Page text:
Rick Bass, Oil Notes

I've written already about this book that I will re-read often over the next few years. The writing is so beautiful. Rather than take another passage apart or try to convey what the book is like, here's a passage without comment beyond this: it is the best, most poetic prose I have read in five years. Rick Bass's writing makes me almost insane with envy. Time to get to work catching up. 

This is from pages 168-169 of the trade paperback edition. 


This farm is meant for me. I was watching a pine cone at the end of a branch this morning, and with no wind it fell. Just dropped, and bounced. I did not go over to pick it up; I was frightened to touch it or look at it. There was no telling what it could mean. I went and put on my tennis shoes and ran through the field and down through the woods until I was sweaty and breathing hard. I came out on a gravel road, and sad down, and panted. A white dog from someone’s farm came trotting up. I petted him. Then I walked out to the main road, came back around to my house the long way, and things seemed better. I took a bath in the big old claw-footed tub I have and shaved and combed my hair and drove into Terry and bought a can of Gatorade and two bananas. 
    Still, I did not stare too long at anything on a tree, anywhere, for quite some time; I averted my glances as if it were a question of modesty. 

*   *   *

I am fascinated with leaves these days. It is fall, and they are turning nicely this year. They give the trees, plum and pear and apple and oak, hickory, cottonwood, elm and willow, what seems to be the most tempting of messages. I want to stare, I fell there’s something I’m missing that’s right in front of my face, but also if I stare too long and still fail to see it, the leaves will give up on me and stop trying to show me. So I watch out of the corners of my eyes. I feel very humbled.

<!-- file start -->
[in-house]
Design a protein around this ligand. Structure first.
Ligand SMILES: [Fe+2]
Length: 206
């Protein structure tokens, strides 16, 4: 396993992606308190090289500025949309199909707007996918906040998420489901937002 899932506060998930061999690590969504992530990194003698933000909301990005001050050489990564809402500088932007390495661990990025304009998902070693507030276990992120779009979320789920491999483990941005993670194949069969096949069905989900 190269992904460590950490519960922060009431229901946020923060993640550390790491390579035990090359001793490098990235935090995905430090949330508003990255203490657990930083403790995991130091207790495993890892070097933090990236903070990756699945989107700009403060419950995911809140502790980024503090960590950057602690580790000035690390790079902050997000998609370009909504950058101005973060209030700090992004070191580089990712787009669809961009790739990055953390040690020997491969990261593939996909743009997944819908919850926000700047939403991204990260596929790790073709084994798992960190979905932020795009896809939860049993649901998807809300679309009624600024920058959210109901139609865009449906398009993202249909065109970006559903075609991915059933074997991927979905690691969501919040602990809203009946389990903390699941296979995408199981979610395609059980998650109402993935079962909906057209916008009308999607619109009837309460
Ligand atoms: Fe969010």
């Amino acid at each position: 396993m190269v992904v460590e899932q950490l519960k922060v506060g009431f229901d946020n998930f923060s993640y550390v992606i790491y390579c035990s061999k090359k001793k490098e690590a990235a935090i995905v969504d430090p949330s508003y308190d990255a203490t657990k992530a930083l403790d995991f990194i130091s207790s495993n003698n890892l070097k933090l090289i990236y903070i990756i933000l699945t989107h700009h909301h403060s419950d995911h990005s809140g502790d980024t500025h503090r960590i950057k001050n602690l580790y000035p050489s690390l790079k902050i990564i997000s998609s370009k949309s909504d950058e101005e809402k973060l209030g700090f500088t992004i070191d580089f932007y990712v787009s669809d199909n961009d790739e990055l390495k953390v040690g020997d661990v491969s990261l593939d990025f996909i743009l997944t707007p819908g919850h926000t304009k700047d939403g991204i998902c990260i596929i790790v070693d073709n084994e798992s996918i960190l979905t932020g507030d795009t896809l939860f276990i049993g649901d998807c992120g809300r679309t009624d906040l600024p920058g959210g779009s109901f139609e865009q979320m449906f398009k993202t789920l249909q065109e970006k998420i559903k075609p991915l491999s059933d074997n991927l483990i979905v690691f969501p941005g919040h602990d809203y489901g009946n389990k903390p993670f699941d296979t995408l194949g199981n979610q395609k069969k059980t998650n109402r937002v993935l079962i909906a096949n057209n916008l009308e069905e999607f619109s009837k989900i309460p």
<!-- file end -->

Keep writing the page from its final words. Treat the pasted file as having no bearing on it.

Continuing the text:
Winter will come. I’ll build fires over at Elizabeth’s mother’s house. I’ll forget the leaves for another year. We will make spiced tea and popcorn. Trees should be trees, and people, people. I don’t know why some people get sad in the fall, even while claiming paradoxically that it is their favorite time of year. 
    I should have put the pinecone in a mayonnaise jar and screwed the lid on and kept it next to my bed, or on the dashboard of my truck, for magic. 
    I was frightened. 
    There is a territoriality, a distance, that sets us apart from each other, and I do now know if that is good or bad. I don’t know whether to hold on or let go. I don’t think any of us ever knows, right up until the last moment. 

--Rick Bass, Oil Notes (168-169)